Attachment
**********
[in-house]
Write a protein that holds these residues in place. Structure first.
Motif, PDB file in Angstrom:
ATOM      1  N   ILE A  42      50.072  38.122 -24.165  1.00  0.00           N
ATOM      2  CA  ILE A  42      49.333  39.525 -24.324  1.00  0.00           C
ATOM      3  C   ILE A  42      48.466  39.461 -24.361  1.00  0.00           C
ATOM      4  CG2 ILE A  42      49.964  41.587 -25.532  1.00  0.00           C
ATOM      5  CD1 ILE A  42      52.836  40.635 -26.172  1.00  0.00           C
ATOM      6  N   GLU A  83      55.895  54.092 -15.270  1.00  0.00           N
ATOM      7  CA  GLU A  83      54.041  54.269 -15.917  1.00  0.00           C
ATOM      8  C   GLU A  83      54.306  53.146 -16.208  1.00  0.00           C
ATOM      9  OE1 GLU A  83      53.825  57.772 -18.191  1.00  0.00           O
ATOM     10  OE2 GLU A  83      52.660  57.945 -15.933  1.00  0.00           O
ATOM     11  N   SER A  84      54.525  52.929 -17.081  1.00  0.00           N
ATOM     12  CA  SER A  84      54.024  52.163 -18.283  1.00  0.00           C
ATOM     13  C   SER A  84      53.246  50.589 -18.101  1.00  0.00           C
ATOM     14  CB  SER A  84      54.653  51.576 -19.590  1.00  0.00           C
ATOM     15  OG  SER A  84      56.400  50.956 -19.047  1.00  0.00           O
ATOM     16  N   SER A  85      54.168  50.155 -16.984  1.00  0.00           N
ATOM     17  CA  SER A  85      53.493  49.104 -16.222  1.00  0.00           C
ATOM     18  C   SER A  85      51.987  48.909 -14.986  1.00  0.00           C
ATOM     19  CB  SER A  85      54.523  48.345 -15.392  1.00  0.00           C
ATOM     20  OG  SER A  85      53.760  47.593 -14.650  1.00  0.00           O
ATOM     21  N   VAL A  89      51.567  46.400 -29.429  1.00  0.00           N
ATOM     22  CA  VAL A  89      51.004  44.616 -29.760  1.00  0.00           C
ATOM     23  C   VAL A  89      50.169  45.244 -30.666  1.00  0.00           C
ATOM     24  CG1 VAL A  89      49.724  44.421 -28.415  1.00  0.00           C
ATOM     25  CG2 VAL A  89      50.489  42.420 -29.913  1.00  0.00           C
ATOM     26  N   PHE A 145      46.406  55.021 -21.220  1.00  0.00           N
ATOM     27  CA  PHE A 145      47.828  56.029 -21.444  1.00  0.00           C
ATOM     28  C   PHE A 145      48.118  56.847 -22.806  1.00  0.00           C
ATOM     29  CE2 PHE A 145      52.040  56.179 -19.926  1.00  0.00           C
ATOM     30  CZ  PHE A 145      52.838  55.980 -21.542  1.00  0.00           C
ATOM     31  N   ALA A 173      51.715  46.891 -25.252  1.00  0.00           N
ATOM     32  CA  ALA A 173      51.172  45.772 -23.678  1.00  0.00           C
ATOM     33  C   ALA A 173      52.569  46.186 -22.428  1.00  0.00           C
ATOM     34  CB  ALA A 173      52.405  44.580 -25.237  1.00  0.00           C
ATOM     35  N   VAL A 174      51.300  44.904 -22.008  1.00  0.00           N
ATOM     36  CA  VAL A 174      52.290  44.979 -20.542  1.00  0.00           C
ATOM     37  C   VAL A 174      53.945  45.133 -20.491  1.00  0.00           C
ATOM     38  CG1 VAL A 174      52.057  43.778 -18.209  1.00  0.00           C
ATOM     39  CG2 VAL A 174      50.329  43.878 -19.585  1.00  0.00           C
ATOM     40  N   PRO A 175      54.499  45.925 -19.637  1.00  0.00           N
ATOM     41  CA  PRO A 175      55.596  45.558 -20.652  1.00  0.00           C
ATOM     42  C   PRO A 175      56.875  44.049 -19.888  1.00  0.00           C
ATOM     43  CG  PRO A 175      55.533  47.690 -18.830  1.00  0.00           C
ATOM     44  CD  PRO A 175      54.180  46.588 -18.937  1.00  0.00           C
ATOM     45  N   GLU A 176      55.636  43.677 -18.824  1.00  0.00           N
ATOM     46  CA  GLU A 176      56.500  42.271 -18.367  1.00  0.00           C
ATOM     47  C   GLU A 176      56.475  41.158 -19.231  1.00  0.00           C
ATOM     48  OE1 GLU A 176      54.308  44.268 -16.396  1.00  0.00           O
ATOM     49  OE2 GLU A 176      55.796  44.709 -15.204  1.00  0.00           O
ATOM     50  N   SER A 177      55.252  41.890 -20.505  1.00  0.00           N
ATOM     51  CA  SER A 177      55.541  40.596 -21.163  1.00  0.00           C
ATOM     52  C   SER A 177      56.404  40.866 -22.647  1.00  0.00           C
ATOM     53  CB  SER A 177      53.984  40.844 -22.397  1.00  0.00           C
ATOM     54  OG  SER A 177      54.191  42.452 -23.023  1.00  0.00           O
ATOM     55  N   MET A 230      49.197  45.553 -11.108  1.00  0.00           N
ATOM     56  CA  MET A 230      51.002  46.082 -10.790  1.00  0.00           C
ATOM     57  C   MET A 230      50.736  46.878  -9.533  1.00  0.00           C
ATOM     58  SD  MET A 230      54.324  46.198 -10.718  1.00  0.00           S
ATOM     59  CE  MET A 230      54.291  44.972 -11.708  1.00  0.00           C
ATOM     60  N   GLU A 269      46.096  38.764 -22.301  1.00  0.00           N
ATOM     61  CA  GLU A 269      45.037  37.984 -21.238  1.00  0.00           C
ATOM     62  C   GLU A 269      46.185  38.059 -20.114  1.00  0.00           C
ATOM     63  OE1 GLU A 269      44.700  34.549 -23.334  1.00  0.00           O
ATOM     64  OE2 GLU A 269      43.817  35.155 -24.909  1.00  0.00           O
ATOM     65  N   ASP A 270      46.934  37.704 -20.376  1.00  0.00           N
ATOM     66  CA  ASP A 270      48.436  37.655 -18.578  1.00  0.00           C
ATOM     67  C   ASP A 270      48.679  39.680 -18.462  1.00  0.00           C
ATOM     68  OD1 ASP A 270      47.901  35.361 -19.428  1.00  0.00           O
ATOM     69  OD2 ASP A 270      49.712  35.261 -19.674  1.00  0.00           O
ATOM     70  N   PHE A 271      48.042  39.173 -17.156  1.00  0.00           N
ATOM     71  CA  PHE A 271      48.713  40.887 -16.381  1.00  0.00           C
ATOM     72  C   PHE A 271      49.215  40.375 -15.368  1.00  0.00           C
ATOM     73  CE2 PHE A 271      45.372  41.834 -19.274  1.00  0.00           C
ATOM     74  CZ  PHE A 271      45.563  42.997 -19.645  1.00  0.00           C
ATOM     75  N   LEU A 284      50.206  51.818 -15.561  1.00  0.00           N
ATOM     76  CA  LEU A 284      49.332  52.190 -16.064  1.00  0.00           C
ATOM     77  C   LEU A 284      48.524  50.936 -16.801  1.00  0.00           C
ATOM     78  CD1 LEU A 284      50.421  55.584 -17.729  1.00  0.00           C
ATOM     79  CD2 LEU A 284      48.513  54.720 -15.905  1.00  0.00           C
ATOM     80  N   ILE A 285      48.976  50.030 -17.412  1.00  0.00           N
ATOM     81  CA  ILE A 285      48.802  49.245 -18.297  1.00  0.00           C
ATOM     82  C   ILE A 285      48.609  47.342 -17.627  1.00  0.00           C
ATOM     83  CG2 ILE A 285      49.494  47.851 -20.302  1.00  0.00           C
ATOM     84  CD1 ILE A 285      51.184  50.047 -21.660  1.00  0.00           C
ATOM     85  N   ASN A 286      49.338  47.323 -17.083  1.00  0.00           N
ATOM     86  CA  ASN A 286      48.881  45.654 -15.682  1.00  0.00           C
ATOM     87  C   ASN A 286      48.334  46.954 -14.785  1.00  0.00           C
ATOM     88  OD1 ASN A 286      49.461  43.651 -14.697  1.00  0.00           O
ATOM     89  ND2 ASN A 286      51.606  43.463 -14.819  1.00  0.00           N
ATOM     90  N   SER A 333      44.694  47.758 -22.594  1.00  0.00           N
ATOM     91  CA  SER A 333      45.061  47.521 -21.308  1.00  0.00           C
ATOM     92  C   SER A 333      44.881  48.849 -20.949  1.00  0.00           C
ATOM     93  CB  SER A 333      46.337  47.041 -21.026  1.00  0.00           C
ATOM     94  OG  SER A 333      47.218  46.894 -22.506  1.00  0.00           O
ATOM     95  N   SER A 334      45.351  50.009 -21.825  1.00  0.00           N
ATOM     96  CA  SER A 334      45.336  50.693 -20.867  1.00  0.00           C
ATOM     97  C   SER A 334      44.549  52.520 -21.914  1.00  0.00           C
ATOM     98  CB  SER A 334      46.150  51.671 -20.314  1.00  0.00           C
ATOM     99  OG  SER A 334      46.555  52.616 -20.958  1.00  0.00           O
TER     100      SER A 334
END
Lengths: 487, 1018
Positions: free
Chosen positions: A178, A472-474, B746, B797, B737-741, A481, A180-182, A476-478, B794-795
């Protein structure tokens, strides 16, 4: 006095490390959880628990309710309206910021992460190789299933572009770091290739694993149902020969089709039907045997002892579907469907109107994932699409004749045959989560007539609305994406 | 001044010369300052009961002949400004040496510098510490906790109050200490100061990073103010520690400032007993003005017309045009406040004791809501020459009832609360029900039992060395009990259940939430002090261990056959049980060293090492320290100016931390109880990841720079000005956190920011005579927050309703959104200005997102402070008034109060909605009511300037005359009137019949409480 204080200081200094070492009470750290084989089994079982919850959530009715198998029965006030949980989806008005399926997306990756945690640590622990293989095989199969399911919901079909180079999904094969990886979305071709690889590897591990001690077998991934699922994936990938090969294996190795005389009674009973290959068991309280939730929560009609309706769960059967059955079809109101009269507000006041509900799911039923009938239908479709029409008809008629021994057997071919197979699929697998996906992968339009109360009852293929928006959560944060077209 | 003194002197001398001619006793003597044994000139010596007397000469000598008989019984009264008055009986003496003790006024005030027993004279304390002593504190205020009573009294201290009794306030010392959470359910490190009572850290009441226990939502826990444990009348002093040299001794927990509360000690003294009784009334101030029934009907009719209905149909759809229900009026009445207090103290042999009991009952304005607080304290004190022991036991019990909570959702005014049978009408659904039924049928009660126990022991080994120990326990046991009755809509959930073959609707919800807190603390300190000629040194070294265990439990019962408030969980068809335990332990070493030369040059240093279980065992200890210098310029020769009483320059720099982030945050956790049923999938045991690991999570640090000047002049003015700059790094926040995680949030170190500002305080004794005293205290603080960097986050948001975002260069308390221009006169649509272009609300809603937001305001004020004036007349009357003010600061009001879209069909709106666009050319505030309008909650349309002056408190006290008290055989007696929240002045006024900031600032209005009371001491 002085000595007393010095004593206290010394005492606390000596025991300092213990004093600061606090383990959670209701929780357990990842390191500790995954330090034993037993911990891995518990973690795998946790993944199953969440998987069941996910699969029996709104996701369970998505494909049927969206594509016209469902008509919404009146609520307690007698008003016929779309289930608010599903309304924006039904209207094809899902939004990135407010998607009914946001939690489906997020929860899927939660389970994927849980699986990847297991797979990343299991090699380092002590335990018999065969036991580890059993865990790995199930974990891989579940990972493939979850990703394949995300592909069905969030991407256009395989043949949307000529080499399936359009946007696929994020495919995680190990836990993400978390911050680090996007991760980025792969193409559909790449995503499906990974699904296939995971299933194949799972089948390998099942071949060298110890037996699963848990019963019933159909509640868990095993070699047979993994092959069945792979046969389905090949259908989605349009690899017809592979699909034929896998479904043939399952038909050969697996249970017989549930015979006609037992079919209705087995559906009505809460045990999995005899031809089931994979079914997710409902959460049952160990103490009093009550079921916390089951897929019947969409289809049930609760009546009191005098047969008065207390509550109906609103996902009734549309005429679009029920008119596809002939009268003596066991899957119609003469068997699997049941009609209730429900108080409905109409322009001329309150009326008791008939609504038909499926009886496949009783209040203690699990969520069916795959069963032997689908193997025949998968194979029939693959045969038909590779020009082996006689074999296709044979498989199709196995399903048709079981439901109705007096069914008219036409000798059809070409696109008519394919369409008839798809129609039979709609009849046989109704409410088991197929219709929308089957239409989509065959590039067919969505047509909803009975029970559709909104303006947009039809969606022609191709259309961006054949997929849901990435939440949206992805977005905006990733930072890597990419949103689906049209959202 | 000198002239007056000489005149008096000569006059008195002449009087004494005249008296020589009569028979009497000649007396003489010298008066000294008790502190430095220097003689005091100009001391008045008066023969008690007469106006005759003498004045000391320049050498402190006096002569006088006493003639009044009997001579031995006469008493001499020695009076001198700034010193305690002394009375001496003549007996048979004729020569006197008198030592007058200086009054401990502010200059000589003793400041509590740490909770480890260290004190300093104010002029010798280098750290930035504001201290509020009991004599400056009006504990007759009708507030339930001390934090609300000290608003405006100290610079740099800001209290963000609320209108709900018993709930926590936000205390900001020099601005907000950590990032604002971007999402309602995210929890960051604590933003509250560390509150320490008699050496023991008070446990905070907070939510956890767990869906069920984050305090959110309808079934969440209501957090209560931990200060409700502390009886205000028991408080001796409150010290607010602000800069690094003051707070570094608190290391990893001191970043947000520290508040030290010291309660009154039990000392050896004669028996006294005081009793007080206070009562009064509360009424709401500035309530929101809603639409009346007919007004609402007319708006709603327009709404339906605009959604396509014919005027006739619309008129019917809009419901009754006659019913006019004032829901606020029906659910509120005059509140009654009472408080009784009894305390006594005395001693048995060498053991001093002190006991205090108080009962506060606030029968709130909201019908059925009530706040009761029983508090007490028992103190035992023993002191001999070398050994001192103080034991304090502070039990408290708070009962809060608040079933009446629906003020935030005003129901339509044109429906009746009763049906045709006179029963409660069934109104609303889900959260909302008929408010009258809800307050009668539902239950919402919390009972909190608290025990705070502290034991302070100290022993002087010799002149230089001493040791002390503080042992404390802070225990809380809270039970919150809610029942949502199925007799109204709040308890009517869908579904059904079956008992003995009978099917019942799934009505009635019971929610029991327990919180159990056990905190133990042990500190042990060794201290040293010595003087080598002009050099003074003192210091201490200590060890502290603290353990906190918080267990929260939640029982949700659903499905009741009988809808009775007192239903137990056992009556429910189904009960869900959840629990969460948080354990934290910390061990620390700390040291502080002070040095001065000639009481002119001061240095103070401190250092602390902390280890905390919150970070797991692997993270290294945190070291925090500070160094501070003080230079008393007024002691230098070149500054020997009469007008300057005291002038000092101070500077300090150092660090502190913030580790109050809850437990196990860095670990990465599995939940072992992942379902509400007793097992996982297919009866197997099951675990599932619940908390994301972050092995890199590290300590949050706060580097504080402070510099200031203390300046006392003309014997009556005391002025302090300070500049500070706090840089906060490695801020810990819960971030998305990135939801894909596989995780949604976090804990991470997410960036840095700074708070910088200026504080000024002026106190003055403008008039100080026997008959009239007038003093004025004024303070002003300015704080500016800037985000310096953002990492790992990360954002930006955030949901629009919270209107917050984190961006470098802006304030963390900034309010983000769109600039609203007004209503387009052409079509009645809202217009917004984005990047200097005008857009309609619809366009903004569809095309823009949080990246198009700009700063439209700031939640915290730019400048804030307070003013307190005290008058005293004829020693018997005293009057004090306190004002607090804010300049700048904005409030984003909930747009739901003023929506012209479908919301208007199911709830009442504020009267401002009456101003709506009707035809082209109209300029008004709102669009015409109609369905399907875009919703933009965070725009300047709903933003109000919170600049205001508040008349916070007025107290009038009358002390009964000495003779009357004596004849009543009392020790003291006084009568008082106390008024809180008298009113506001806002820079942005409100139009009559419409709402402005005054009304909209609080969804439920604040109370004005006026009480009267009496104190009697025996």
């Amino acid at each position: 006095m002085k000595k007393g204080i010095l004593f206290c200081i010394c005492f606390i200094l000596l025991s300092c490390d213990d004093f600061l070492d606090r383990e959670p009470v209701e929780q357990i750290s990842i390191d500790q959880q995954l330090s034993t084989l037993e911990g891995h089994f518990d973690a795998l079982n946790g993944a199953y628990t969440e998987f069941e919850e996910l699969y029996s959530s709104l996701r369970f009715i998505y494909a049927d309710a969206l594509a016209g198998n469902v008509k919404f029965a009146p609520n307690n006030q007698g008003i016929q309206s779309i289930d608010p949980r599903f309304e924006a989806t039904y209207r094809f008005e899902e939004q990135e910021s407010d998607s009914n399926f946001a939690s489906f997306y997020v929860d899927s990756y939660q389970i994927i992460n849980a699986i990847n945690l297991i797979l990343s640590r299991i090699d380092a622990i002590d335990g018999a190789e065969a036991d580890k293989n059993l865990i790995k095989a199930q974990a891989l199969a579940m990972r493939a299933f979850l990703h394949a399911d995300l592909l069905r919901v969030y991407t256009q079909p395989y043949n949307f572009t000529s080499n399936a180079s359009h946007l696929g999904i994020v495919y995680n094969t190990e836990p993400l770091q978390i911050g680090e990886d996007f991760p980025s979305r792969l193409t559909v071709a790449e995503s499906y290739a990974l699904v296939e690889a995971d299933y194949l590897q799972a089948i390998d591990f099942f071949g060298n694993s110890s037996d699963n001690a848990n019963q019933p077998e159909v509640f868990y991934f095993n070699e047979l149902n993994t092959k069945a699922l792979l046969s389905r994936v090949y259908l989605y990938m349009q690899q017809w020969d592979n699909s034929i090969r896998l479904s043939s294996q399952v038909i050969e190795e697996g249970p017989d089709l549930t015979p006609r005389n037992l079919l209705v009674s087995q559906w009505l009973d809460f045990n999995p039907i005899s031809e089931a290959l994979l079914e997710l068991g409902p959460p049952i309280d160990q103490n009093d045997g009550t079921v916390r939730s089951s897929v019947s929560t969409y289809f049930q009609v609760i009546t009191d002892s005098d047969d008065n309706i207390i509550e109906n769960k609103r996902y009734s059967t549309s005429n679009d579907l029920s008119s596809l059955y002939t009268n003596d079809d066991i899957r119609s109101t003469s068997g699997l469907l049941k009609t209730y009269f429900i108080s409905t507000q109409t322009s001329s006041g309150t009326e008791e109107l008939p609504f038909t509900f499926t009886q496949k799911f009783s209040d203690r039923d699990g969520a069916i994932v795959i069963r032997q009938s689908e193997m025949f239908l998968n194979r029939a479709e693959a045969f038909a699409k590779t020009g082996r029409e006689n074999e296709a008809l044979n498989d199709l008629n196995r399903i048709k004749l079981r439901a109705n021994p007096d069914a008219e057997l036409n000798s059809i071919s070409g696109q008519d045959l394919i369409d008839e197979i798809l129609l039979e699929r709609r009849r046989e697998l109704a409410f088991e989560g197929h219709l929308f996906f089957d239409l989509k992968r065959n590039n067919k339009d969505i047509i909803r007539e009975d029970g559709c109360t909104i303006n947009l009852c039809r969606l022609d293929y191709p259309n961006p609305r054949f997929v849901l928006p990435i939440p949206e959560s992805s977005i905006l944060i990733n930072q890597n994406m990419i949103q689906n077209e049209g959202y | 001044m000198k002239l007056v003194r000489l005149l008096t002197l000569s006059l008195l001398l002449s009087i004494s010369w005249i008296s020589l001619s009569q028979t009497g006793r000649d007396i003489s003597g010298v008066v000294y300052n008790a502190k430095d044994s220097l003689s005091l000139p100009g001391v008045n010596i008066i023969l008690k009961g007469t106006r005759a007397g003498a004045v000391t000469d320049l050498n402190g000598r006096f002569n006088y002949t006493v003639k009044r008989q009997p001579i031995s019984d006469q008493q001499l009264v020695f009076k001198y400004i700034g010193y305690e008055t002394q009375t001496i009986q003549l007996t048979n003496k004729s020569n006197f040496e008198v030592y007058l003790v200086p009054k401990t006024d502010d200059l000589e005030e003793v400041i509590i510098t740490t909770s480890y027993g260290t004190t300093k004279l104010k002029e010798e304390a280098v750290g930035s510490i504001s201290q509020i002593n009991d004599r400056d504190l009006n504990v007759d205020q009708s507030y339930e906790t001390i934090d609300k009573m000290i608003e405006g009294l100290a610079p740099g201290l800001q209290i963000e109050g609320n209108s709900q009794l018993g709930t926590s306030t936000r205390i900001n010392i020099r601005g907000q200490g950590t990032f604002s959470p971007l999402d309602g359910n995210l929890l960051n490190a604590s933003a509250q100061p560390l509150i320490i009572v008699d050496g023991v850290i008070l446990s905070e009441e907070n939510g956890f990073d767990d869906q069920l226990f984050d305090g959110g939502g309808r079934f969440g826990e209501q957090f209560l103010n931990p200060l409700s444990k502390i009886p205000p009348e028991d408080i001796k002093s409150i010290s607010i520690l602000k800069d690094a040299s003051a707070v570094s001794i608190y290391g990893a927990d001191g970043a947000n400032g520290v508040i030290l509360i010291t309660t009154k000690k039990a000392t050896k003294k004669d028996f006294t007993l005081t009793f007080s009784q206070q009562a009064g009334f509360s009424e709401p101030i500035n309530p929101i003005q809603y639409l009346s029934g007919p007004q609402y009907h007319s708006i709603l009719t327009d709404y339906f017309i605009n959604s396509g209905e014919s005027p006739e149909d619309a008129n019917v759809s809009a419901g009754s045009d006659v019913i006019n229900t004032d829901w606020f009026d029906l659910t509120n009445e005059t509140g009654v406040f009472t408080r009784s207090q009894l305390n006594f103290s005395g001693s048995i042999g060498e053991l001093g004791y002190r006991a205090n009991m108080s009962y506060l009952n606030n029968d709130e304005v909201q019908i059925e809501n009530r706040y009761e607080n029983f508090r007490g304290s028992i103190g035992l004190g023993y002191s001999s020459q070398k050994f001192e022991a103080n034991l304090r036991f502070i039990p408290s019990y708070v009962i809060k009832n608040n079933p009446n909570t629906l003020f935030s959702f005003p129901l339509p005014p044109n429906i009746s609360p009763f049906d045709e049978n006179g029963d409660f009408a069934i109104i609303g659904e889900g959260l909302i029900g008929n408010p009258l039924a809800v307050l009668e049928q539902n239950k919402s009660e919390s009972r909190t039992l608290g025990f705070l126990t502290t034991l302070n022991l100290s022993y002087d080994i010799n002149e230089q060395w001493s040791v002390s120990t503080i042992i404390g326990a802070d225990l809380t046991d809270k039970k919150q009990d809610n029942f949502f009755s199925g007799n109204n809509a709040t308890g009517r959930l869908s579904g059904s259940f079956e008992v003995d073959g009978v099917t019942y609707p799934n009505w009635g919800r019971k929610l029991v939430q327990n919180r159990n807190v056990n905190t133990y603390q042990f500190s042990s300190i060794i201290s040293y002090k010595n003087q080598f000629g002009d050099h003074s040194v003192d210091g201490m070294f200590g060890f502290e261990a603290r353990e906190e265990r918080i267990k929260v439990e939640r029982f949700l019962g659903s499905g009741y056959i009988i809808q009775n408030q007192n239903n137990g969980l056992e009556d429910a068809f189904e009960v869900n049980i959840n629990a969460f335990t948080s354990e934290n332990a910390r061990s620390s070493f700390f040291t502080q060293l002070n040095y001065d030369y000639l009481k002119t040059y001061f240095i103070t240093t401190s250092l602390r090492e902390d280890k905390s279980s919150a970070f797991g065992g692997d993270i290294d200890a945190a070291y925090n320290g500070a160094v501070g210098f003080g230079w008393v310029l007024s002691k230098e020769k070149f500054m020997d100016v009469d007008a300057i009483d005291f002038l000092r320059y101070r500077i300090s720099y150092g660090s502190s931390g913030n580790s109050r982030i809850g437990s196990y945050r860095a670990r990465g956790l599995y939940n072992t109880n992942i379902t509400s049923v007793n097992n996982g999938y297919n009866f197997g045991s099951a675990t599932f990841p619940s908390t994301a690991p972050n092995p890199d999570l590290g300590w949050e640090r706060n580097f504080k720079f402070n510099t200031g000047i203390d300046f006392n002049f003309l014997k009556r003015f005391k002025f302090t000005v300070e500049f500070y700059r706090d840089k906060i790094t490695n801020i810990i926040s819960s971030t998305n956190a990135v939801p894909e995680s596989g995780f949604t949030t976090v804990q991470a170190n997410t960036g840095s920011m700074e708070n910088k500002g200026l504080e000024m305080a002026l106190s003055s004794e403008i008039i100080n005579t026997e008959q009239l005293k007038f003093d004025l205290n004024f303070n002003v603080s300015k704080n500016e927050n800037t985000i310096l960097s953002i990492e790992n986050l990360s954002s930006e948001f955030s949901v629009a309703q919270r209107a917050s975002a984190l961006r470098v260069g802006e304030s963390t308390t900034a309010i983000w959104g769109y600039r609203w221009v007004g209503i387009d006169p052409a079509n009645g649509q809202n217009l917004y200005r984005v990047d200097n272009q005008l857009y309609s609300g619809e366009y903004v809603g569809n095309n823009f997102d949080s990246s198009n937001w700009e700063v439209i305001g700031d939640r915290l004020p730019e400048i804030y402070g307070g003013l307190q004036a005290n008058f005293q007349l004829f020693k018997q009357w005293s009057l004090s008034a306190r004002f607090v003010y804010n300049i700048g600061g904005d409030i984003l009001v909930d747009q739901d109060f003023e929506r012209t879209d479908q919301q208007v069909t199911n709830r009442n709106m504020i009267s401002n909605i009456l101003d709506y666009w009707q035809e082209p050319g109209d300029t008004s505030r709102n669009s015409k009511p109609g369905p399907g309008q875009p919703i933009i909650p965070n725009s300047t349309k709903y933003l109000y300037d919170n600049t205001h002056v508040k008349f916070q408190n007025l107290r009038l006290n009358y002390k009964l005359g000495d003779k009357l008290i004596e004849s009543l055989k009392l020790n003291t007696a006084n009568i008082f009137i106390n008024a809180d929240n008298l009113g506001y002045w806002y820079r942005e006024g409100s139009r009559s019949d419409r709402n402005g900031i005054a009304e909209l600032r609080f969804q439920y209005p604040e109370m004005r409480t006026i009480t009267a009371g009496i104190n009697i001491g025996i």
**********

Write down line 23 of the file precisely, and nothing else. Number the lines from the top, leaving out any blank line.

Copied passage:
ATOM     20  OG  SER A  85      53.760  47.593 -14.650  1.00  0.00           O